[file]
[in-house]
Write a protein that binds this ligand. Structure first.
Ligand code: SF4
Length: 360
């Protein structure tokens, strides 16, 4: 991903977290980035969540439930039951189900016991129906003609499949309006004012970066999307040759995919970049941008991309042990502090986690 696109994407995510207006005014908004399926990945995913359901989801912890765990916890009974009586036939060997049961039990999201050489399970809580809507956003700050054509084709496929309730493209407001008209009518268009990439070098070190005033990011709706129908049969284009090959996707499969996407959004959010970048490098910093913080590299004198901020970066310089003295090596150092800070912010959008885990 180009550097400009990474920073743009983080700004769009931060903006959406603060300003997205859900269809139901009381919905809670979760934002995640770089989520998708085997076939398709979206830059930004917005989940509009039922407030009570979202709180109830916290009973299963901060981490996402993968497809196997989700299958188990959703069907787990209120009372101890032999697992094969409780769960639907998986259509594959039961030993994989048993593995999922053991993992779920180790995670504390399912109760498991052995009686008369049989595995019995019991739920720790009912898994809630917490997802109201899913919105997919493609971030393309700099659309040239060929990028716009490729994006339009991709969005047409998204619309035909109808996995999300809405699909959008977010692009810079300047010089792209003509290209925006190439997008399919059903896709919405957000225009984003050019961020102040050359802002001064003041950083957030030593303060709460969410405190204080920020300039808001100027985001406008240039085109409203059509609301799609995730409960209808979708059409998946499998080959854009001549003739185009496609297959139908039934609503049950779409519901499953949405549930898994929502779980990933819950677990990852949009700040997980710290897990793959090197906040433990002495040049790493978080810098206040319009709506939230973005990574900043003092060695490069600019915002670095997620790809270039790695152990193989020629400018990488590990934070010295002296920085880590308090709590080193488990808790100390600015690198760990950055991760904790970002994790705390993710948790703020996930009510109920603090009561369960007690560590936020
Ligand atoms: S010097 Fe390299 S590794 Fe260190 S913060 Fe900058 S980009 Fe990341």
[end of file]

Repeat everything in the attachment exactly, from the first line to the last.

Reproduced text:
[in-house]
Write a protein that binds this ligand. Structure first.
Ligand code: SF4
Length: 360
């Protein structure tokens, strides 16, 4: 991903977290980035969540439930039951189900016991129906003609499949309006004012970066999307040759995919970049941008991309042990502090986690 696109994407995510207006005014908004399926990945995913359901989801912890765990916890009974009586036939060997049961039990999201050489399970809580809507956003700050054509084709496929309730493209407001008209009518268009990439070098070190005033990011709706129908049969284009090959996707499969996407959004959010970048490098910093913080590299004198901020970066310089003295090596150092800070912010959008885990 180009550097400009990474920073743009983080700004769009931060903006959406603060300003997205859900269809139901009381919905809670979760934002995640770089989520998708085997076939398709979206830059930004917005989940509009039922407030009570979202709180109830916290009973299963901060981490996402993968497809196997989700299958188990959703069907787990209120009372101890032999697992094969409780769960639907998986259509594959039961030993994989048993593995999922053991993992779920180790995670504390399912109760498991052995009686008369049989595995019995019991739920720790009912898994809630917490997802109201899913919105997919493609971030393309700099659309040239060929990028716009490729994006339009991709969005047409998204619309035909109808996995999300809405699909959008977010692009810079300047010089792209003509290209925006190439997008399919059903896709919405957000225009984003050019961020102040050359802002001064003041950083957030030593303060709460969410405190204080920020300039808001100027985001406008240039085109409203059509609301799609995730409960209808979708059409998946499998080959854009001549003739185009496609297959139908039934609503049950779409519901499953949405549930898994929502779980990933819950677990990852949009700040997980710290897990793959090197906040433990002495040049790493978080810098206040319009709506939230973005990574900043003092060695490069600019915002670095997620790809270039790695152990193989020629400018990488590990934070010295002296920085880590308090709590080193488990808790100390600015690198760990950055991760904790970002994790705390993710948790703020996930009510109920603090009561369960007690560590936020
Ligand atoms: S010097 Fe390299 S590794 Fe260190 S913060 Fe900058 S980009 Fe990341």